1 of 1 people found this review helpful

  • Authority

  • Southern Reach Trilogy, Book 2
  • By: Jeff VanderMeer
  • Narrated by: Bronson Pinchot
  • Length: 10 hrs and 35 mins
  • Unabridged
  • Overall
    4 out of 5 stars 956
  • Performance
    4.5 out of 5 stars 880
  • Story
    4 out of 5 stars 881

For 30 years, a secret agency called the Southern Reach has monitored expeditions into Area X - a remote and lush terrain mysteriously sequestered from civilization. After the 12th expedition, the Southern Reach is in disarray, and John Rodriguez (a.k.a. "Control") is the team's newly appointed head. From a series of interrogations, a cache of hidden notes, and more than two hundred hours of profoundly troubling video footage, the secrets of Area X begin to reveal themselves - and what they expose pushes Control to confront disturbing truths about both himself and the agency he's promised to serve.

  • 5 out of 5 stars
  • Out of Control - Spoiler Free

  • By Daniel Grant on 08-22-14

Another surreal expedition into the uncanny

Overall
5 out of 5 stars
Performance
5 out of 5 stars
Story
5 out of 5 stars

Reviewed: 05-12-14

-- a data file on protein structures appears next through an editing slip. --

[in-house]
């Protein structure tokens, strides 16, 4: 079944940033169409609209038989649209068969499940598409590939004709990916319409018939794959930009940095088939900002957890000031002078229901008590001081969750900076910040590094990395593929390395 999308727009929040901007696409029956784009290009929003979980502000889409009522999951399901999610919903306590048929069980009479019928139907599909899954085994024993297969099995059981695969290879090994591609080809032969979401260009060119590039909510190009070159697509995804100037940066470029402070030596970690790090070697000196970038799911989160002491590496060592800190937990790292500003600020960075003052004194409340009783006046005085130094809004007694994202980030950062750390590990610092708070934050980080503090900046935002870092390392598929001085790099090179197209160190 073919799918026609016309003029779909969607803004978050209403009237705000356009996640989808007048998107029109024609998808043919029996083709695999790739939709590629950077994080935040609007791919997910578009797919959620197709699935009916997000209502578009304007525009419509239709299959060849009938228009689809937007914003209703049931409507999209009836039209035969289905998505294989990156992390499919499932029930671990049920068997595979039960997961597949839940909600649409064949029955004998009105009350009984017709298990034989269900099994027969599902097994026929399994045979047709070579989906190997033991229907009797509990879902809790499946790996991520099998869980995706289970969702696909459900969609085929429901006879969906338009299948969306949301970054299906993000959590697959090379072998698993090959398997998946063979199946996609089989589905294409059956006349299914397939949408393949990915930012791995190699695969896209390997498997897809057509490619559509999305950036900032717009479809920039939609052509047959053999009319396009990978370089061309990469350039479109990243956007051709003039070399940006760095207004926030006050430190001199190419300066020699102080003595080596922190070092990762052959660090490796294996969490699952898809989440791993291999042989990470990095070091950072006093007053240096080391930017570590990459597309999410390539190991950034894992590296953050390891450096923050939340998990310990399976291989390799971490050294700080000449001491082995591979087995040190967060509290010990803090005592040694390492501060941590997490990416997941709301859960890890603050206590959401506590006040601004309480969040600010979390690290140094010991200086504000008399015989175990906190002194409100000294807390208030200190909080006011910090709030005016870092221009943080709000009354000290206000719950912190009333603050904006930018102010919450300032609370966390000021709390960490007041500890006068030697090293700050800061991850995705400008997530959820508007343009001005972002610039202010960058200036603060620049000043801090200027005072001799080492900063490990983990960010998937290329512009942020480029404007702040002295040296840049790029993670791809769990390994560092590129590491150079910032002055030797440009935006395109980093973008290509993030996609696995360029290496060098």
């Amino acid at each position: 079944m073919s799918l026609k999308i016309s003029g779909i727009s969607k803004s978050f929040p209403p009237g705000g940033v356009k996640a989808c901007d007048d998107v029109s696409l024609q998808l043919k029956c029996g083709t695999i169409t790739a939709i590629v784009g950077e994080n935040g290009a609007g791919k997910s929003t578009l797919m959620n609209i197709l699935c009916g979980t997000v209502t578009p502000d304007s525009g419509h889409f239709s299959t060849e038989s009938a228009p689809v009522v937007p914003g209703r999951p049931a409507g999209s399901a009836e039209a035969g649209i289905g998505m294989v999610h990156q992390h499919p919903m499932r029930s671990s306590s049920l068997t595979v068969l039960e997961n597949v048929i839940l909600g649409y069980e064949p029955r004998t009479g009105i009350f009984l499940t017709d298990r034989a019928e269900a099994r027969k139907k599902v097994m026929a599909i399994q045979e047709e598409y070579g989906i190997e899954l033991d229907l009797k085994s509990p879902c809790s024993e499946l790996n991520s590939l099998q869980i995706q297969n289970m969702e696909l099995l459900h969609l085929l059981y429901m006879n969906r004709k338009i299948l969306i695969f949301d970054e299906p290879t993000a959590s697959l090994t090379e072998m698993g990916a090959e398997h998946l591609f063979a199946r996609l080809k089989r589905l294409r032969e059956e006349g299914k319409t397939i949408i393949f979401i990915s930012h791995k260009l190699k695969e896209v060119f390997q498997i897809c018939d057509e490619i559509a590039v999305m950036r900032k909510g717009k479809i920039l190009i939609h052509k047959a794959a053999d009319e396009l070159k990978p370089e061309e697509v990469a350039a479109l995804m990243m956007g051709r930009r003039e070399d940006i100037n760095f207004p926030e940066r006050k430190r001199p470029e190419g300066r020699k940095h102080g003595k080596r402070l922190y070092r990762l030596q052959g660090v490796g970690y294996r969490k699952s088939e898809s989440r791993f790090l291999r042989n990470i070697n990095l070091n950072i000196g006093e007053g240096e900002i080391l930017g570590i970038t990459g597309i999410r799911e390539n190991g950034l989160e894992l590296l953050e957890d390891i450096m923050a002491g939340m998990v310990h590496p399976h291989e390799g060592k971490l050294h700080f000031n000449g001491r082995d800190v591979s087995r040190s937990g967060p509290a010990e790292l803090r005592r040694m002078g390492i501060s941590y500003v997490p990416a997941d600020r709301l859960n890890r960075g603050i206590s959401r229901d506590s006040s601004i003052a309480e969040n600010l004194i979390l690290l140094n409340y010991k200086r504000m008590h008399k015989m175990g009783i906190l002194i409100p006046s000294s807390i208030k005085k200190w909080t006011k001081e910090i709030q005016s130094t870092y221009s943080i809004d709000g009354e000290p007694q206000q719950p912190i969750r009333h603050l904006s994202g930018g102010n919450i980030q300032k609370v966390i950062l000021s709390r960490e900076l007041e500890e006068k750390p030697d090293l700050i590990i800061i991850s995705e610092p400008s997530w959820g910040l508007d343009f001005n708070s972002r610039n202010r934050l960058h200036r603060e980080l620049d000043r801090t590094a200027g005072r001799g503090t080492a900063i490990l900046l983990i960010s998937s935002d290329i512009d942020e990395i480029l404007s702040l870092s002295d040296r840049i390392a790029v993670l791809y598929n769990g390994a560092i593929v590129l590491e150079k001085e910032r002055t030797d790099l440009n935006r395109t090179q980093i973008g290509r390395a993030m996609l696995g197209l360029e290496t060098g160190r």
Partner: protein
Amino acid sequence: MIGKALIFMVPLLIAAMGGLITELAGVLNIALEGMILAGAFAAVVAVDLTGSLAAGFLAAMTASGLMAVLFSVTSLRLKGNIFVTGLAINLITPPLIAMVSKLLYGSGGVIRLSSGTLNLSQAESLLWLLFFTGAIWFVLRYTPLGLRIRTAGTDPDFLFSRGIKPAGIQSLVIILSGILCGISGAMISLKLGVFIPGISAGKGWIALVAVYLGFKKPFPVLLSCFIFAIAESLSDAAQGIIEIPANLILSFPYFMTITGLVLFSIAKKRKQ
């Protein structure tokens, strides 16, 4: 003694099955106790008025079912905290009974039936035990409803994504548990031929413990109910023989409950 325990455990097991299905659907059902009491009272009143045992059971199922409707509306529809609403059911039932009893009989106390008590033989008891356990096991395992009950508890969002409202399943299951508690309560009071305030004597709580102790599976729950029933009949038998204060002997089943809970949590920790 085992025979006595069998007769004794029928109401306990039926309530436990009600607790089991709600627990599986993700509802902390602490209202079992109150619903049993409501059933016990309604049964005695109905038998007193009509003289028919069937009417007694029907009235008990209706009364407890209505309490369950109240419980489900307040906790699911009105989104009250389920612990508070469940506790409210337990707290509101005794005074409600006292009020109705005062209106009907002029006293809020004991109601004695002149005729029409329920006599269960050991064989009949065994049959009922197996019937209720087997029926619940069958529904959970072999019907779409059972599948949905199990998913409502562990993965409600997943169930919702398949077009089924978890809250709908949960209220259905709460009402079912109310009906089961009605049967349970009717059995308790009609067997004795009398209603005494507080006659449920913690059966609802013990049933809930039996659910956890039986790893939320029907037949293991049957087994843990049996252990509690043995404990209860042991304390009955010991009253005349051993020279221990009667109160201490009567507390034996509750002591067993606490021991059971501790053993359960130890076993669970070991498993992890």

In Authority, VanderMeer pivots from the first-person journal of the unnamed biologist (read by Carolyn McCormick) which introduced “Area X” in Annihilation to an exploration of a different, though as uncanny and surreal, terrain: the organization which sent her into “Area X” in the first place, the Southern Reach itself. We do see the biologist often in Authority, but it is through the eyes of agent/operative John Rodriguez (aka “Control”), newly appointed acting director of the Southern Reach, interrogating her after her reappearance along with the other survivors of the expedition depicted in Annihilation. Control finds offices in decay and disarray, a shrinking staff divided into factions loyal to the previous director and “lifers” who are in it for the weird science and/or have nowhere else, really, to go. Throughout, Control reports his progress and findings — often couched — to The Voice, a shrouded, mysterious figure known only as a (digitally masked) voice on the phone. The cast of characters here each have layers and motivations — usually inscrutable — of their own: Grace, the assistant director who believes the previous director is still alive; Cheney, the head of the science department; and fellow scientist Whitby, who frequently acts as Control’s guide. I found the Southern Reach in Authority to act as both a metaphor for the many fragments of our own labyrinthine consciousnesses while also a rejection of such abstraction or disaggregation; an organization gone feral after decades of attempting to understand the incomprehensible, having stared too long into the abyss. Meanwhile Control’s expedition into its hierarchies and storage rooms and film archives plays with and against reader expectations: again we must question the reliability of our narrator, of the purpose and use of evidence and rationality in the context of such a narrative in the first place. VanderMeer creates mystery, unease, and an escalation of the compulsion behind this series: what is “Area X”?